|Publication number||US4142204 A|
|Application number||US 05/849,808|
|Publication date||Feb 27, 1979|
|Filing date||Nov 9, 1977|
|Priority date||Nov 9, 1977|
|Publication number||05849808, 849808, US 4142204 A, US 4142204A, US-A-4142204, US4142204 A, US4142204A|
|Inventors||William J. Hannan|
|Original Assignee||Rca Corporation|
|Export Citation||BiBTeX, EndNote, RefMan|
|Patent Citations (2), Referenced by (6), Classifications (7)|
|External Links: USPTO, USPTO Assignment, Espacenet|
The government has rights in this invention pursuant to Contract No. N62269-76-C-0390 awarded by the Department of the Navy.
This invention relates to the storage and display of color still pictures by means different from the conventional means for storing and displaying images from photographic color transparencies or slides. The color images are stored as holograms. The holograms may be made by a replication process and consist of interference patterns embossed on clear plastic film. Such holograms do not include the silver which is used in the making of photographic transparencies. The selective sequential display of color images is useful, for example, for displaying maps to pilots and navigators on aircraft and ships, for advertising products and services, and for educational purposes.
According to an example of the invention, light is directed from three directions, in sequence, to three angularly-multiplexed holograms to produce three frame-sequential images on the face of the black-and-white vidicon camera. At least two of the three sequential electrical signals from the camera are stored in solid state memories, and read out simultaneously to a color kinescope display unit.
In the drawing:
FIG. 1 is a diagram of a color image storage and display system including three solid state frame memories;
FIG. 2 is a timing chart which will be referred to in describing the operation of the system of FIG. 1;
FIG. 3 is a diagram of a color image and display system including only two solid state frame memories; and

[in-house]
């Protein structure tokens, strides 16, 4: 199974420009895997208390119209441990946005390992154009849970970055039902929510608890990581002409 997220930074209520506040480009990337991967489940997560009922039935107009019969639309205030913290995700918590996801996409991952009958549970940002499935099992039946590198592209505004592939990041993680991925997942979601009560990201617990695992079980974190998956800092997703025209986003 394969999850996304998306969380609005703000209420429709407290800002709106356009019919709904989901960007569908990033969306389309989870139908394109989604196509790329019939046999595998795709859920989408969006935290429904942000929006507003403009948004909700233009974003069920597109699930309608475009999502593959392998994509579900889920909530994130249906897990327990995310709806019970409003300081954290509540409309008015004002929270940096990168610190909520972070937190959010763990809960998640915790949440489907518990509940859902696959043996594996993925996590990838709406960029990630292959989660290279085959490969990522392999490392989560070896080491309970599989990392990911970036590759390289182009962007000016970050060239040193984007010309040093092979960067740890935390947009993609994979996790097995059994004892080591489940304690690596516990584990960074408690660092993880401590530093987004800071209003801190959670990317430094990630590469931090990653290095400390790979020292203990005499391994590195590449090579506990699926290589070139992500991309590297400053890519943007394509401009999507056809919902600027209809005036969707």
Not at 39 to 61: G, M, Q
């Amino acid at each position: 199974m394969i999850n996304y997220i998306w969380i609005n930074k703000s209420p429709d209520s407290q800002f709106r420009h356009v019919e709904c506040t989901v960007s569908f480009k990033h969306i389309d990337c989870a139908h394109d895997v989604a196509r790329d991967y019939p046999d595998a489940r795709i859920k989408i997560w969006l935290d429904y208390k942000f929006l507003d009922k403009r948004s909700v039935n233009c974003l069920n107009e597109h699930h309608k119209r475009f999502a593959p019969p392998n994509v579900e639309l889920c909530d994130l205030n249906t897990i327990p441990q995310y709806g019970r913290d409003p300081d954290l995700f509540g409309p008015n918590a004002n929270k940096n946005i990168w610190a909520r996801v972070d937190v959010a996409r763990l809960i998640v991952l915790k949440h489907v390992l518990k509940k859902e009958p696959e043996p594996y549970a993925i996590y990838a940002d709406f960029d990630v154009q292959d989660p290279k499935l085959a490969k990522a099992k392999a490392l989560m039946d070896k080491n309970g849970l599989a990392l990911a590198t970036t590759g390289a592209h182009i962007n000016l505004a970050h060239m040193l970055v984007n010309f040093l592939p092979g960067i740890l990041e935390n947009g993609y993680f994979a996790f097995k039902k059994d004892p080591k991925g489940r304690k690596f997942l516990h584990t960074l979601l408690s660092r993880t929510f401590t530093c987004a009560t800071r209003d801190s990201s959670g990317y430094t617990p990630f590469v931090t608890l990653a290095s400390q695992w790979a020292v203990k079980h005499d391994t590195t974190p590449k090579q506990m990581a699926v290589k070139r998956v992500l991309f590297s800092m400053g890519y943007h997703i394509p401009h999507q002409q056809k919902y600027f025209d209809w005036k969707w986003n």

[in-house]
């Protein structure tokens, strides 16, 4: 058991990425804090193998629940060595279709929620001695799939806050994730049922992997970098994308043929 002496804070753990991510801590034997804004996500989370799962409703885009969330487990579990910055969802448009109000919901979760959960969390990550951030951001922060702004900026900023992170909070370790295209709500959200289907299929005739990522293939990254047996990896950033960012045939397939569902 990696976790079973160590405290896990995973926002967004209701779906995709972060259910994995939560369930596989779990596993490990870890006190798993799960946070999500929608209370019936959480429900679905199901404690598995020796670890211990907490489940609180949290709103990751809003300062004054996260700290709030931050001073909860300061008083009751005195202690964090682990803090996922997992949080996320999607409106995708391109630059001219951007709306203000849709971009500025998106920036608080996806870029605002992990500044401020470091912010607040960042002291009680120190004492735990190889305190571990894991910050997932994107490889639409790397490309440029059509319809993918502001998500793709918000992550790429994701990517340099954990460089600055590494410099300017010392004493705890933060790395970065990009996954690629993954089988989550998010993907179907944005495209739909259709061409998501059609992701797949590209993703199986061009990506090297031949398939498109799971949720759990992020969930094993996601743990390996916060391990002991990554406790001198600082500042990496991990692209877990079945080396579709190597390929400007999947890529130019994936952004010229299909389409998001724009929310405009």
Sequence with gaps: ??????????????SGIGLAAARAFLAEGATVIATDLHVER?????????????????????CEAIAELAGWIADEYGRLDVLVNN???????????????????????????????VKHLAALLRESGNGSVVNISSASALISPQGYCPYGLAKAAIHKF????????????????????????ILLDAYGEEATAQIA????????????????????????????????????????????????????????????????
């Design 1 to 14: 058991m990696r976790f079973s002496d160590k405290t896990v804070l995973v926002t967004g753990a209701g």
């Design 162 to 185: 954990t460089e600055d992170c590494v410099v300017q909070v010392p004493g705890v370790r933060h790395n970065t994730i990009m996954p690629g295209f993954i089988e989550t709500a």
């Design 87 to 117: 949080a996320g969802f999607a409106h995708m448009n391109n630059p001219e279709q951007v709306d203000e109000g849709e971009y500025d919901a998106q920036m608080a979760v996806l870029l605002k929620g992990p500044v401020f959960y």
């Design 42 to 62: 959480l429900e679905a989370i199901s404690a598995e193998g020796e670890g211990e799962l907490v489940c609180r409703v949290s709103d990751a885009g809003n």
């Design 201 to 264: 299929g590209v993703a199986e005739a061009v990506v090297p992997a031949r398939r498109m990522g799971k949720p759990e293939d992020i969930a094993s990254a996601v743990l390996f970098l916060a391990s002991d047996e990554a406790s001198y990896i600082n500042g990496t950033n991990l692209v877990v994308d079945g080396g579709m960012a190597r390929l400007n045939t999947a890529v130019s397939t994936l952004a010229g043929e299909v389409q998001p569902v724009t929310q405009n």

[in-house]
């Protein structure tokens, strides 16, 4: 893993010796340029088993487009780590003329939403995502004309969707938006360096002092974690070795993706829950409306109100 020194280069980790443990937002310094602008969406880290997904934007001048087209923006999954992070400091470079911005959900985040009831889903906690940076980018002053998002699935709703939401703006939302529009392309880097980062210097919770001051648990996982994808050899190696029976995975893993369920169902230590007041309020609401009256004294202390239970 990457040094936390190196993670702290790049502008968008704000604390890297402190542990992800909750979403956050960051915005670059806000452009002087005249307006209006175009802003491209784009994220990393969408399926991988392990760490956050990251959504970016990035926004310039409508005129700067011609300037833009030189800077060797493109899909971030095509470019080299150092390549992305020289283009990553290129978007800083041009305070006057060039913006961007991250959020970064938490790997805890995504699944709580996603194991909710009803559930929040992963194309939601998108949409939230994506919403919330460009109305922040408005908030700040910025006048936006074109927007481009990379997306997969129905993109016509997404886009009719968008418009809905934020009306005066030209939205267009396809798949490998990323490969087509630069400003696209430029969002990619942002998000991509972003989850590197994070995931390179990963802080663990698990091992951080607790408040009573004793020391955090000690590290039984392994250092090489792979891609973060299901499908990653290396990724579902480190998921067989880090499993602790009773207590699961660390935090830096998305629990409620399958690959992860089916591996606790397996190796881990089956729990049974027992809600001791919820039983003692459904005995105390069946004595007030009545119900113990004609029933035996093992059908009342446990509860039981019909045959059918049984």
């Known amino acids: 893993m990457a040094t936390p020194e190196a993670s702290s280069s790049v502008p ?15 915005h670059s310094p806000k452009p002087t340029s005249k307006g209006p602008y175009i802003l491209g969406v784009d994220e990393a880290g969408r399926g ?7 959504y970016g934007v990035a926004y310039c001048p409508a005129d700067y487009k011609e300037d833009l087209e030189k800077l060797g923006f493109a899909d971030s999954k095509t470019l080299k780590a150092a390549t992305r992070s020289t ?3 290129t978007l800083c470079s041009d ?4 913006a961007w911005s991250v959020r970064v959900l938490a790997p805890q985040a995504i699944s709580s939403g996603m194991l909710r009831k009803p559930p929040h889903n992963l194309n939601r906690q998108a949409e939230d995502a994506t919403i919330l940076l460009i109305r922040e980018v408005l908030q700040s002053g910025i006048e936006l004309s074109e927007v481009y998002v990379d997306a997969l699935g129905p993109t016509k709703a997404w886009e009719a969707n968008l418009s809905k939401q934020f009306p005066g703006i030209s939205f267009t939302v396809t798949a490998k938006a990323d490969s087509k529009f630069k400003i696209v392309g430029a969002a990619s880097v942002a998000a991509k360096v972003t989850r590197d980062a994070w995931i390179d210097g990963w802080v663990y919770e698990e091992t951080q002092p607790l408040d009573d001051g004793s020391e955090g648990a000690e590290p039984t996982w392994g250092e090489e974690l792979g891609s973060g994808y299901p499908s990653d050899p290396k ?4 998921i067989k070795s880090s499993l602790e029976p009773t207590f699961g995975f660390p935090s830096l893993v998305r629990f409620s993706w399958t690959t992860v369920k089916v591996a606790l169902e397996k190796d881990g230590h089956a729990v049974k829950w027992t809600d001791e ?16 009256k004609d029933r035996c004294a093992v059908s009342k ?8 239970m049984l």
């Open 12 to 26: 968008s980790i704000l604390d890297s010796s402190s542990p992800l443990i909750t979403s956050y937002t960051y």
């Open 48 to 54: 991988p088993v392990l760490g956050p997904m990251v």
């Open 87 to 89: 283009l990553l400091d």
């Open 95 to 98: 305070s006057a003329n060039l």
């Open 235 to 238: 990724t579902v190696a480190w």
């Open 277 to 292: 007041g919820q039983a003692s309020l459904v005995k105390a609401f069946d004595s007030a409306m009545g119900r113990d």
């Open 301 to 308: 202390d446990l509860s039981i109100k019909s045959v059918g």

FIG. 4 is a timing chart which will be referred to in describing the operation of the system of FIG. 3.
Referring now in greater detail to FIG. 1, an array 10 of angularly-multiplexed holograms is mounted for movement, as represented by the arrows 12, so that any one of the holograms, such as the hologram 14, can be positioned for the readout and display of the color image stored thereon. Each hologram such as 14 consists of three sets of interference patterns at three different angles, each pattern representing one of the three colors red, blue and green of the image stored. The interference patterns may consist of density variations in the film, or thickness variations in the film.
The hologram may be made in a manner fully described in U.S. Pat. No. 3,695,744 issued on Oct. 3, 1972, to B. R. Clay and entitled "Holographic Multicolor Technique," or in the manner described in U.S. Pat. No. 4,001,874 issued on Jan. 4, 1977, to J. P. Lacotte and entitled "Method Apparatus and Record for Distributive Information in the Form of Color Images." To make the hologram, a laser reference beam at a first angle, and an object beam from a red color separation of the image, are directed to a hologram recording medium. Then, the reference beam at a second angle, and a second object beam from a blue color separation of the image are directed to the recording medium. Finally, the reference beam at a third angle, and a third object beam from a green color separation of the image, are directed at a third angle to the recording medium. The exposed recording medium is then developed in conventional fashion so as to permanently fix the recorded images. The three color images represented by the three interference patterns may be individually read out by three light sources positioned at the same three angles used for recording the hologram.
In FIG. 1, three light sources Lr, Lb and Lg are positioned in accordance with the three respective angles of the reference beams used for recording the red, blue and green color separations on the hologram recording medium. The light sources may consist of identical (uncolored) incadescent light sources such as ordinary flashlight bulbs, or preferably, identical white-light electronic flash lamps. The light sources are energized in sequence from a power supply 16 by means of a switch 18. When any one of light sources Lr, Lb and Lg is energized, a black-and-white image corresponding with the red or blue or green color separation of the image is created and imaged by a lens 20 on the face 22 of a black-and-white (B & W) vidicon camera 24. The camera 24 produces an electrical output at 26 which is a field sequential video signal in analog form.